This Week in Barrons – 5-22-2016:
Ms. Yellen, even I was surprised by the ‘unintended consequences’ surrounding the market’s reaction to the minutes of your last FED meeting. By now I thought everyone knew that you trained your peeps to talk like hawks, and act like doves. You all believe that the direct costs of waiting to raise interest rates (inflation) along with the indirect costs (pension fund solvency [http://cnnmon.ie/1XFciMB] and people’s savings) are insignificant at best. Your GDP forecasts are wishful thinking. You continue to believe that your policy tools will move the economy quickly in your desired direction, and you are constantly surprised when they do not. Factually, monitoring the LIBOR rate does a better job of predicting future FED movements than listening to your rhetoric. And by the way, the LIBOR rate has barely budged since the release of your last FED minutes – suggesting that no rate hike is coming in June. Your FED believes that inflation was yesterday’s problem, and today’s FED problem is stagnant median incomes. Your FED believes that a ridiculously loose monetary policy and a hyper-inflated stock market will help solve that problem. Your FED is trying to act more like politicians (trying to manipulate markets with their words) than trying to do something about it with their actions. Your FED should really study Martin and Volcker, and learn from a more knowledgeable and effective group. History will remember your FED by their actions and ‘unintended consequences’, not by their newly acquired, political oratory skill set.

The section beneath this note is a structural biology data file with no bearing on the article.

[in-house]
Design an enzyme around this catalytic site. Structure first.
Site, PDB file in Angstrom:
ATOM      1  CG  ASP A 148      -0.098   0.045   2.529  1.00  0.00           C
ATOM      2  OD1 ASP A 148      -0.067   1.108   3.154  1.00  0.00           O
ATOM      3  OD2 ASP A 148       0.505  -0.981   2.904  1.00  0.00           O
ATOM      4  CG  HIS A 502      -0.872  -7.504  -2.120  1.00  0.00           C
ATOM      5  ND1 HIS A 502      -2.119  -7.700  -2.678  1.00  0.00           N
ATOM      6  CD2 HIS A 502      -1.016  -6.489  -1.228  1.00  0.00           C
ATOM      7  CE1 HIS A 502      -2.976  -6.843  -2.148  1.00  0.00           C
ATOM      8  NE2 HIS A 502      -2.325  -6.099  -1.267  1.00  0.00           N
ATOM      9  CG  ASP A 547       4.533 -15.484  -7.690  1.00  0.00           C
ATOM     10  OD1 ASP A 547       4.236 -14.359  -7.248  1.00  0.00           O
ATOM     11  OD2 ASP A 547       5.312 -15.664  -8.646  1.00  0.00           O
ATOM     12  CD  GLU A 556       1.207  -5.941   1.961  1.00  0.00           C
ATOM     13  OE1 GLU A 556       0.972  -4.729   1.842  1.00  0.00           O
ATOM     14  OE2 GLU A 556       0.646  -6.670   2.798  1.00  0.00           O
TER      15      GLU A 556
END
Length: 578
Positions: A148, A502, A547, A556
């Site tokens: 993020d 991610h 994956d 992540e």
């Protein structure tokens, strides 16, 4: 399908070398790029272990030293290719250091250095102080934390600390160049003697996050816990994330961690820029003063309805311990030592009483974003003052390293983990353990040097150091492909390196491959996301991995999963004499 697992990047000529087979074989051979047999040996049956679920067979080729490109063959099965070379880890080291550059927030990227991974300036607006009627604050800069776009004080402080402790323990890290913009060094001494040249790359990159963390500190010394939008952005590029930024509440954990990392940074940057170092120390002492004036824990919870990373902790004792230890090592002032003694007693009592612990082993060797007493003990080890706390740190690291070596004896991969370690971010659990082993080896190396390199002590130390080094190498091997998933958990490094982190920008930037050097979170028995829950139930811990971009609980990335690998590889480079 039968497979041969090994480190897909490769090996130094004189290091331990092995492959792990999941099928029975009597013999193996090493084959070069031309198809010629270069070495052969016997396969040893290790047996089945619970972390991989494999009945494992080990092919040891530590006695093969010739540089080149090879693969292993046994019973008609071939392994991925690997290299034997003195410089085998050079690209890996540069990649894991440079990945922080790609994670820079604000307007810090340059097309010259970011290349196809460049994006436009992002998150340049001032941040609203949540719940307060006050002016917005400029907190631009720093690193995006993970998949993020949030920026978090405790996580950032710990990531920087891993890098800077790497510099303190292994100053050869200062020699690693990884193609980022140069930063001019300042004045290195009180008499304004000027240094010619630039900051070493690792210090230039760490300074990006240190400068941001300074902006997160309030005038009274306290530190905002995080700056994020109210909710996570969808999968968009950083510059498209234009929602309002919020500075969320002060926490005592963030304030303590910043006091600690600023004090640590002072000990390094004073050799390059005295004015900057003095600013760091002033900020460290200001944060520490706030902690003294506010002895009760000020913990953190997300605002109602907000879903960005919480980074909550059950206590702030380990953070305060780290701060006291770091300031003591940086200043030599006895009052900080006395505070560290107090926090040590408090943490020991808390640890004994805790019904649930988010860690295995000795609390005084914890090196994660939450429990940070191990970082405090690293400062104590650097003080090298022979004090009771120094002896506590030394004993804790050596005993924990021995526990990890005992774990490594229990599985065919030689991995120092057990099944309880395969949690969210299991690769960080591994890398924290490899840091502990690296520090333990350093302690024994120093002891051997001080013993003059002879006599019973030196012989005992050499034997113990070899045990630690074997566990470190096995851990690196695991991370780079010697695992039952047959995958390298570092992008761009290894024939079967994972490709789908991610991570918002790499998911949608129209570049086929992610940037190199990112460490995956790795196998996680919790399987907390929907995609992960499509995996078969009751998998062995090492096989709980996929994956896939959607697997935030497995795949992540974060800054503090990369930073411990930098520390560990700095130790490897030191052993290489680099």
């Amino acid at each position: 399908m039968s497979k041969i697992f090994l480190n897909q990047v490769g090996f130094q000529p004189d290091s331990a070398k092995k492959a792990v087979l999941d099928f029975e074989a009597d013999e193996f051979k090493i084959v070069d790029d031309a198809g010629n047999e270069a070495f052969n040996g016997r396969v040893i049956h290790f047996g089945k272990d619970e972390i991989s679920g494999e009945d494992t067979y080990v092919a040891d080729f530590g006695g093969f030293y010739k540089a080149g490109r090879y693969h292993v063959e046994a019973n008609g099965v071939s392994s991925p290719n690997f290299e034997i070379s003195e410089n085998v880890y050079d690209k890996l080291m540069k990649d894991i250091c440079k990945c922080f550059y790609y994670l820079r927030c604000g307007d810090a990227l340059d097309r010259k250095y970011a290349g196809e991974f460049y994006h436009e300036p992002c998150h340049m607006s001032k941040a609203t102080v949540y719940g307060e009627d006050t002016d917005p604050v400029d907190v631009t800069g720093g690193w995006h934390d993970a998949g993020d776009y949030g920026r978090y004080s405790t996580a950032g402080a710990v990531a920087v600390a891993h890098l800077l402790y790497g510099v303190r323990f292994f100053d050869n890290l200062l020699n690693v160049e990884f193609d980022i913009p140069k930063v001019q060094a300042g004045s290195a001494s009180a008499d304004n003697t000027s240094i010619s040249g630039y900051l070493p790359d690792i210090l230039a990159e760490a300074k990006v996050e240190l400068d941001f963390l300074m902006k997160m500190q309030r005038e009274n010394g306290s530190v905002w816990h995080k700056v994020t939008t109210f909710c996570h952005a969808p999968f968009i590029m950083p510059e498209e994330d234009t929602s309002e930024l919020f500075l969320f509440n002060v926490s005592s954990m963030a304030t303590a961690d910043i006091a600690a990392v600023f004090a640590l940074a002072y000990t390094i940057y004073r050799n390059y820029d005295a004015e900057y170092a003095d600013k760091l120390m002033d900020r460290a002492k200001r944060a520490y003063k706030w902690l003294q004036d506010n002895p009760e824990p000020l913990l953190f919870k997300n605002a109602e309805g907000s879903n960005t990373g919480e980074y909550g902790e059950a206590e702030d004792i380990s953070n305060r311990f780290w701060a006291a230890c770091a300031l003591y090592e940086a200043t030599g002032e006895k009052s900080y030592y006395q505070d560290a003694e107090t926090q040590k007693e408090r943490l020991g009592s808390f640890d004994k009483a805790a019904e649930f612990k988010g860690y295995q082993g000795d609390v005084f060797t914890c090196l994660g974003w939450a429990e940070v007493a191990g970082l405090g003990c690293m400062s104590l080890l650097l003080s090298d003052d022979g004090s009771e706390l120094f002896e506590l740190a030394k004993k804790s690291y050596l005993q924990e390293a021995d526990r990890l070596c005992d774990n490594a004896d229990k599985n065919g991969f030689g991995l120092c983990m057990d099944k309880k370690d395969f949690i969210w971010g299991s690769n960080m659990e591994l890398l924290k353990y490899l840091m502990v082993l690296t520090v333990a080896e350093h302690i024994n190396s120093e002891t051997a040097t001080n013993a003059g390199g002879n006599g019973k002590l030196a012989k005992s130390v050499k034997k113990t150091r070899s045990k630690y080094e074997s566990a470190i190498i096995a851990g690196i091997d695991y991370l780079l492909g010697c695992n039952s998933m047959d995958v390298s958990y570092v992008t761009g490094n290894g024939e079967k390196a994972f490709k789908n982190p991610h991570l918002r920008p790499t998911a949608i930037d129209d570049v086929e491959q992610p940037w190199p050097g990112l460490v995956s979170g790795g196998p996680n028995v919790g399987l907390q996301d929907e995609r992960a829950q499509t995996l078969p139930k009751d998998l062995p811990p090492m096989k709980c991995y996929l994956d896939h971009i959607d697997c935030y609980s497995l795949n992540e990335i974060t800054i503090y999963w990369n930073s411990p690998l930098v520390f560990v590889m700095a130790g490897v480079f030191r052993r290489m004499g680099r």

Secondly Ms. Yellen, I’m sure you realize by now that all of this ‘crap’ is set to hit the fan right about the time Obama (and presumably you) leave office – yes? As SF and I talked this week, at what point in our nation’s history did our elected and appointed officials adjust their time horizons to be: “Just make it right while it’s MY responsibility, because I really don’t care what happens on the next guy’s watch”? Where did the Golden Rule go? I assume you know: